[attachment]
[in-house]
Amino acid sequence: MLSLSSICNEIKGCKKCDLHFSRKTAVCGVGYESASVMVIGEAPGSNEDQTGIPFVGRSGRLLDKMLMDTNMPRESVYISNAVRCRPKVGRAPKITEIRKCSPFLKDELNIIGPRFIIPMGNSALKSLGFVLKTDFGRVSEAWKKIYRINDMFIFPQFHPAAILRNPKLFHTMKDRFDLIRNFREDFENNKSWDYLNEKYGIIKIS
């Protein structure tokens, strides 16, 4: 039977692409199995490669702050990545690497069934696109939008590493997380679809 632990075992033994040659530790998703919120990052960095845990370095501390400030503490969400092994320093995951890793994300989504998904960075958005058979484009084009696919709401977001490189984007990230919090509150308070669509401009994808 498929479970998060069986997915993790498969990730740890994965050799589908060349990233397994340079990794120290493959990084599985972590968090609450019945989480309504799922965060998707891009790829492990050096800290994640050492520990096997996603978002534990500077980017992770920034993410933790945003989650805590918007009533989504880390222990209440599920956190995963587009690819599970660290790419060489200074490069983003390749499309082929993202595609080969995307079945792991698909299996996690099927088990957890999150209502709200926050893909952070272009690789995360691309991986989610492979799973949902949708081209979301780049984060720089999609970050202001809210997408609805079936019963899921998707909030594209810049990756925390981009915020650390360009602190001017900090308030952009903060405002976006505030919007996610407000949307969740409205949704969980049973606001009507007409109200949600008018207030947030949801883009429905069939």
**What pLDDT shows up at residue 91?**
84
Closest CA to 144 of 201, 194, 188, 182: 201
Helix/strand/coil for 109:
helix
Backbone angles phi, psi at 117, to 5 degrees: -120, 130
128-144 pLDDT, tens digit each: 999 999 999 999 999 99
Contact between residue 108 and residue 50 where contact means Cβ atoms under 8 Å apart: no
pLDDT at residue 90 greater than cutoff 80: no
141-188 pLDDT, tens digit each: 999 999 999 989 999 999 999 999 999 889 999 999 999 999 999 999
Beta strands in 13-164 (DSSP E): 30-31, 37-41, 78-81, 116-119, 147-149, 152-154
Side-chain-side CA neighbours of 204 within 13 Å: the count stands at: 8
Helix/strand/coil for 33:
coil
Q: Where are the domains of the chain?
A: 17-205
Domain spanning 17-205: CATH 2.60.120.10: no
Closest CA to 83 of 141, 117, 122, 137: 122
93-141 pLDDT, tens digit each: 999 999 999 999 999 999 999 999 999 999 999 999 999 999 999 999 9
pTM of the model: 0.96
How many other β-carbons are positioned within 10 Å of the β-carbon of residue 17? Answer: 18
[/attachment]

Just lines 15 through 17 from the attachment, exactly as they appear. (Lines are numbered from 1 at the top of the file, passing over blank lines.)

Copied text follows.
Side-chain-side CA neighbours of 204 within 13 Å: the count stands at: 8
Helix/strand/coil for 33:
coil